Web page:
Proposed Farm Subsidies Cut

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Farmers from Alabama and Florida are coming together to discuss the newest technology and innovations in peanut production. The trade show comes just one day after the Bush Administration released its proposal to cut farm subsidies.

This proposal has a lot of local farmers concerned.

While there are benefits to the plan, like making farmers in the United States more competitive, local farmers fear the changes might drive them out of business.

A Houston Co. farmer, George Jeffcoat said, "I would quit farming because I can't compete."

The Bush Administrations proposal to cut farm subsidies is causing some local farmers to contemplate changing careers. The proposed farm bill would not allow farmers with an adjusted gross income of more than $200,000 dollars a year to receive government subsidies.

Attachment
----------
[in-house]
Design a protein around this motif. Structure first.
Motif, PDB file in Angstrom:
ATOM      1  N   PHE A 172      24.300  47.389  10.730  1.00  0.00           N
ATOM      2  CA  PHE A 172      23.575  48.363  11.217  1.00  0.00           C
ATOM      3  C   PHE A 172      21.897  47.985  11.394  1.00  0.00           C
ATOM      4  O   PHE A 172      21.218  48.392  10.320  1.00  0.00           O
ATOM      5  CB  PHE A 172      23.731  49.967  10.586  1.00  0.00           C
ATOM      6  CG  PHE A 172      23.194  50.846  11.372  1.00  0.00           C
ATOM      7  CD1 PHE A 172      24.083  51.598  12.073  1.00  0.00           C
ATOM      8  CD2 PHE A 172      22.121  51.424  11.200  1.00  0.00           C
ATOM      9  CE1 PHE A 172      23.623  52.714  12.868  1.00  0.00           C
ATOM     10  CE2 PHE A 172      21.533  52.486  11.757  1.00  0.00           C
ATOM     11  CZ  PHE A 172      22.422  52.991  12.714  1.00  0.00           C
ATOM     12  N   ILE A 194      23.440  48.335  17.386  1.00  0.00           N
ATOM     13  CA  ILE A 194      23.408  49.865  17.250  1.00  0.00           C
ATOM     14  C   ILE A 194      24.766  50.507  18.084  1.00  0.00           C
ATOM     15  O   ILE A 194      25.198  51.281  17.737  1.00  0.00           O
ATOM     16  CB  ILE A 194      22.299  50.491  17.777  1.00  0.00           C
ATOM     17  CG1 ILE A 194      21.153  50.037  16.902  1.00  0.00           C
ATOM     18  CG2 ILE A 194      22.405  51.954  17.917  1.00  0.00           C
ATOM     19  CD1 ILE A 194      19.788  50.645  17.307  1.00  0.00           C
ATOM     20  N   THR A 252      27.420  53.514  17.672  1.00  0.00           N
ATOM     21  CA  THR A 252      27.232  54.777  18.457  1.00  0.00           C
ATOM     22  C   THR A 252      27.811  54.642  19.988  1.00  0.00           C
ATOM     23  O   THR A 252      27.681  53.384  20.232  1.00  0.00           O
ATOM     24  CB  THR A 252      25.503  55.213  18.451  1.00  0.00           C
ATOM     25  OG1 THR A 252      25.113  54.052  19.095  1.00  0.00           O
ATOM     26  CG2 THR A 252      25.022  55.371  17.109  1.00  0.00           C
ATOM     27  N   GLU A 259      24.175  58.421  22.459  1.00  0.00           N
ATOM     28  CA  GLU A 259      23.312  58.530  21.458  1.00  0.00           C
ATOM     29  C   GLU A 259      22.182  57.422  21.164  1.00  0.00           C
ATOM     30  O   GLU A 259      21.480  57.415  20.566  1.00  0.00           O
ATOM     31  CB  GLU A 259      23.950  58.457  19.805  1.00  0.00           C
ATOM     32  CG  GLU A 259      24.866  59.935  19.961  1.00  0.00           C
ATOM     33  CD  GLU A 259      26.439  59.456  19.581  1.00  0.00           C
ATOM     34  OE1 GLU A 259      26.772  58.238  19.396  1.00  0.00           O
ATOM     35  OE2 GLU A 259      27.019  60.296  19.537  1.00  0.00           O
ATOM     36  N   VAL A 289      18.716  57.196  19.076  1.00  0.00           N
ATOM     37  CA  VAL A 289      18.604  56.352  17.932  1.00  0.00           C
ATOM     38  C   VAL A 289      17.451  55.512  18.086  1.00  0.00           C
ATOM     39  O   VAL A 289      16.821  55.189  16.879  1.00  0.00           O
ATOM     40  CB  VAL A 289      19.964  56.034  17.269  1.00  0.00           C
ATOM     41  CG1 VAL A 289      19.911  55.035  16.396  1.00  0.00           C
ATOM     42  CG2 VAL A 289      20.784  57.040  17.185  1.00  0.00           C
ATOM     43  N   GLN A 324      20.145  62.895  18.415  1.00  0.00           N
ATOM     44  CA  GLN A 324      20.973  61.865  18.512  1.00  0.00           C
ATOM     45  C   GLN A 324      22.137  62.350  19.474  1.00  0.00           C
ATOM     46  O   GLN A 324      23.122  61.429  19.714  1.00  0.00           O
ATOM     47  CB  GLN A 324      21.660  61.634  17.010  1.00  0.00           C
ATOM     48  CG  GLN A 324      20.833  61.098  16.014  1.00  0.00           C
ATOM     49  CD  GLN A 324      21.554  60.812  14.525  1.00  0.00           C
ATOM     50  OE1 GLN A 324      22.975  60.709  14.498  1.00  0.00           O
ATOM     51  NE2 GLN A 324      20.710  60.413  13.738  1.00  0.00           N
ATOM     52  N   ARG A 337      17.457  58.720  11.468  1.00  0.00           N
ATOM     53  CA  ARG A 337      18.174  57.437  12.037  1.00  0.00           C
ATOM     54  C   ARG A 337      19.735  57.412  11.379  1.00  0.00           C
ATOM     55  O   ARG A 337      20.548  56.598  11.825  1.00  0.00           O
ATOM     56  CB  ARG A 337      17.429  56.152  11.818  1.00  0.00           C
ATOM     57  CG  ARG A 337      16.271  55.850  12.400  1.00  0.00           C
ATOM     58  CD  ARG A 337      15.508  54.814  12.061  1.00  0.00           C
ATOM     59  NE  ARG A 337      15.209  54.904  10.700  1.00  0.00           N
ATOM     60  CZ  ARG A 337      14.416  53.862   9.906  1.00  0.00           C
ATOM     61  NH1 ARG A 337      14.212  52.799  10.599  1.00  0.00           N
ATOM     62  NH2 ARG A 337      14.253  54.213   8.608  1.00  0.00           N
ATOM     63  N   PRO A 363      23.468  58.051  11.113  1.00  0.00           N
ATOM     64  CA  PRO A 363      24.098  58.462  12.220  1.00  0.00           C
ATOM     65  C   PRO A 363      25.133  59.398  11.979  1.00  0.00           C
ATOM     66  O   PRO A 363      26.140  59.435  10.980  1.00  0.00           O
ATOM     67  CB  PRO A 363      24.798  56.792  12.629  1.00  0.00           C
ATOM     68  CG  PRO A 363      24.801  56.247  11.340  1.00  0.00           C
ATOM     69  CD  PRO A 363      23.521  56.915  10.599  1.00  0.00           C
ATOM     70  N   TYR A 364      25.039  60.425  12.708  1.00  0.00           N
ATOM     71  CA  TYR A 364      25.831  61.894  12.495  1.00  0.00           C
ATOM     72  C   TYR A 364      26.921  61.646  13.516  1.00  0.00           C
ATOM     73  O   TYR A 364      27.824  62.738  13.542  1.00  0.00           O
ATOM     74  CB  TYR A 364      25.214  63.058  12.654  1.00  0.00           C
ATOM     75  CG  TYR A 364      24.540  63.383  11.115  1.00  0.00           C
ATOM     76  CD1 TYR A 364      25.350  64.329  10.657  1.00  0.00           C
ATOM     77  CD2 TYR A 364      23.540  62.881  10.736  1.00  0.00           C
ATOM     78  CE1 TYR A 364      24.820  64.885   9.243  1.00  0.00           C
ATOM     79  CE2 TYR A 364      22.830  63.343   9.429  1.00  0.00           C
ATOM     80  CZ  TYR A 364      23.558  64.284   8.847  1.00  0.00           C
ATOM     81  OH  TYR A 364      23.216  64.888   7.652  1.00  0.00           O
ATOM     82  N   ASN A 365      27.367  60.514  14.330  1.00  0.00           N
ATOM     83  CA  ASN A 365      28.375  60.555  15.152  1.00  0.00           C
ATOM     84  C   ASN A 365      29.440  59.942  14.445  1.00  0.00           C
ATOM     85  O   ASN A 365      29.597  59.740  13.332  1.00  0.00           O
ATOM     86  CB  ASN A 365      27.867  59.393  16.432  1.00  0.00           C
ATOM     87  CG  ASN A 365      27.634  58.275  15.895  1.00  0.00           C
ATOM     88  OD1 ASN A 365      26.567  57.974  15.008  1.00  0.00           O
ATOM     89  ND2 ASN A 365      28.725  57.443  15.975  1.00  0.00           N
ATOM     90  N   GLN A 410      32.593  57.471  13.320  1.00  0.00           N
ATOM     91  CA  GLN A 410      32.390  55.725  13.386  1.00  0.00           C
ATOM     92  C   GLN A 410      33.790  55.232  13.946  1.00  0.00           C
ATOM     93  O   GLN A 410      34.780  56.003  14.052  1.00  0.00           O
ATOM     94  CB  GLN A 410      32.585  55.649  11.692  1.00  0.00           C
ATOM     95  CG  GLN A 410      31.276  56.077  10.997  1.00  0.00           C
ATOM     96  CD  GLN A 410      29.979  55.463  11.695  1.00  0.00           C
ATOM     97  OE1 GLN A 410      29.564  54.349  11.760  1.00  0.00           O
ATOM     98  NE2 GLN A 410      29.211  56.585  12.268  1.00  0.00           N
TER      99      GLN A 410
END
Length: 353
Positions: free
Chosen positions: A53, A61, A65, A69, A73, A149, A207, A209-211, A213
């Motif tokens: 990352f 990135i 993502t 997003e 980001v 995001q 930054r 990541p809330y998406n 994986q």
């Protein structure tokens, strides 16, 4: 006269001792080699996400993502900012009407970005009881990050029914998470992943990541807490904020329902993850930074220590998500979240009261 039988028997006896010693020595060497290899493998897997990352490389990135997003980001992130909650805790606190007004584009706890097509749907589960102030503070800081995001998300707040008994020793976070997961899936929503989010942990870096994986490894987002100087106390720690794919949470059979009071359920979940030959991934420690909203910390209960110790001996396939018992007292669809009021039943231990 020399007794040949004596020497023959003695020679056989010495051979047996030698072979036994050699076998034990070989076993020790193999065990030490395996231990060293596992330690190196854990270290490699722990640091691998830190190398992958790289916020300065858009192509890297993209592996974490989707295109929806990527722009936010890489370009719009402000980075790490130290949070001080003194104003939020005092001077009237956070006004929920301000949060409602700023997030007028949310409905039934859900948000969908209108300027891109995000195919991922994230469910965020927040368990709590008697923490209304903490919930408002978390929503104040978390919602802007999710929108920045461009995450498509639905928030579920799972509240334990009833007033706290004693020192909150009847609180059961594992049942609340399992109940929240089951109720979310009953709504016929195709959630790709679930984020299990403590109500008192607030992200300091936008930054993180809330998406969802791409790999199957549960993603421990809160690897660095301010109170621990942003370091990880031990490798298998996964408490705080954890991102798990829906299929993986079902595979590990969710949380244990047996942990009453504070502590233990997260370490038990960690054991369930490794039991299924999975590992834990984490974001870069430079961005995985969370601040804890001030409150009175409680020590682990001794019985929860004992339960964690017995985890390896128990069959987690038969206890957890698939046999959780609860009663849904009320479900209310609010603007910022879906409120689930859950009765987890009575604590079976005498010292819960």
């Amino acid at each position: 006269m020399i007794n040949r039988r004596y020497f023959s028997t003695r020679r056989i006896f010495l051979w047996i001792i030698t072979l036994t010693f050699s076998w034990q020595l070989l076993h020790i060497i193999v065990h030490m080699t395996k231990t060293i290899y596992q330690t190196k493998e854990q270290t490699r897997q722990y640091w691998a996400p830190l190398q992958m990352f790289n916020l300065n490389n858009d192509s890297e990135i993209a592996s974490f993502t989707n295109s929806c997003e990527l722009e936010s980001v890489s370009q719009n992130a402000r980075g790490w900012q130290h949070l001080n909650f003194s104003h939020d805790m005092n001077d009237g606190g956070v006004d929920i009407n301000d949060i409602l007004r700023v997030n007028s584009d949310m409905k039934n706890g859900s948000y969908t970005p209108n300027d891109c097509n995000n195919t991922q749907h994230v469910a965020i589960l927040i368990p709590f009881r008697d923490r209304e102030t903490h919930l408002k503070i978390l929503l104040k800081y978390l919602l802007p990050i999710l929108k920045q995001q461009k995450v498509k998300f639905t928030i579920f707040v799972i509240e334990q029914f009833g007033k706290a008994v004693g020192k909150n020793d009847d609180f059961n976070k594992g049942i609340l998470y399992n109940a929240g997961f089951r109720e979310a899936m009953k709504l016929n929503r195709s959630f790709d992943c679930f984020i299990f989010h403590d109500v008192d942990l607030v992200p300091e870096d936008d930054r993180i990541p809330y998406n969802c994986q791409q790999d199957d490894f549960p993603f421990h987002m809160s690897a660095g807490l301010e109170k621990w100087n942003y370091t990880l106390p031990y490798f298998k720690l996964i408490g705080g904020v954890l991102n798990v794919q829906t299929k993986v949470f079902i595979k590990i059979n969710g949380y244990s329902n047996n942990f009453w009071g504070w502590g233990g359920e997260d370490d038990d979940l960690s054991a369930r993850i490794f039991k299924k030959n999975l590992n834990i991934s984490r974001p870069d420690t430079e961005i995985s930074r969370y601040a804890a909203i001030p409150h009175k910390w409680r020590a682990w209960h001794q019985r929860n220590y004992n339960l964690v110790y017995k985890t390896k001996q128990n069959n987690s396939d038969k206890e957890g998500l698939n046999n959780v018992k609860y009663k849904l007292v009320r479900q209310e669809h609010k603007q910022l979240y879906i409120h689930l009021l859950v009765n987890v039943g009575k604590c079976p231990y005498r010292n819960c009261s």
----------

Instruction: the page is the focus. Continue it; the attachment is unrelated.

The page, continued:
Farmers say there's one major problem with this formula.

"What they fail to realize is there are increased capital investments and where a farmer makes a little, a lot of money passes through him," said Randy Griggs, executive director of AL Peanut Producers.

Many farmers rely on subsidies during periods of drought when crop yields are low, to keep their farms operational.

Farmers say to stay in business these days, a farmer has to plant three times the acreage they used to. Farmers say the new proposal punishes farmers for planting more.

"It would be an insult to me to have that because it’s a small amount to a farmer with lots of acres," said Jeffcoat.

The current farm bill expires at the end of the 2007 crop year.

Farmers must have a lot of capital to start up their fields each year.

Because this new proposal only takes into account gross income, that's what a farmer makes before taxes and not taking into account what he has to spend, those farmers with enough money to buy say just one new piece of equipment costing $250,000 dollars wouldn’t receive a subsidy.

Farmers are complaining the new proposal would limit the amount they are able to produce, and inevitably would cause consumer prices to rise.

To read a complete copy of the farm proposal bill you can visit the Department of Agriculture's Website at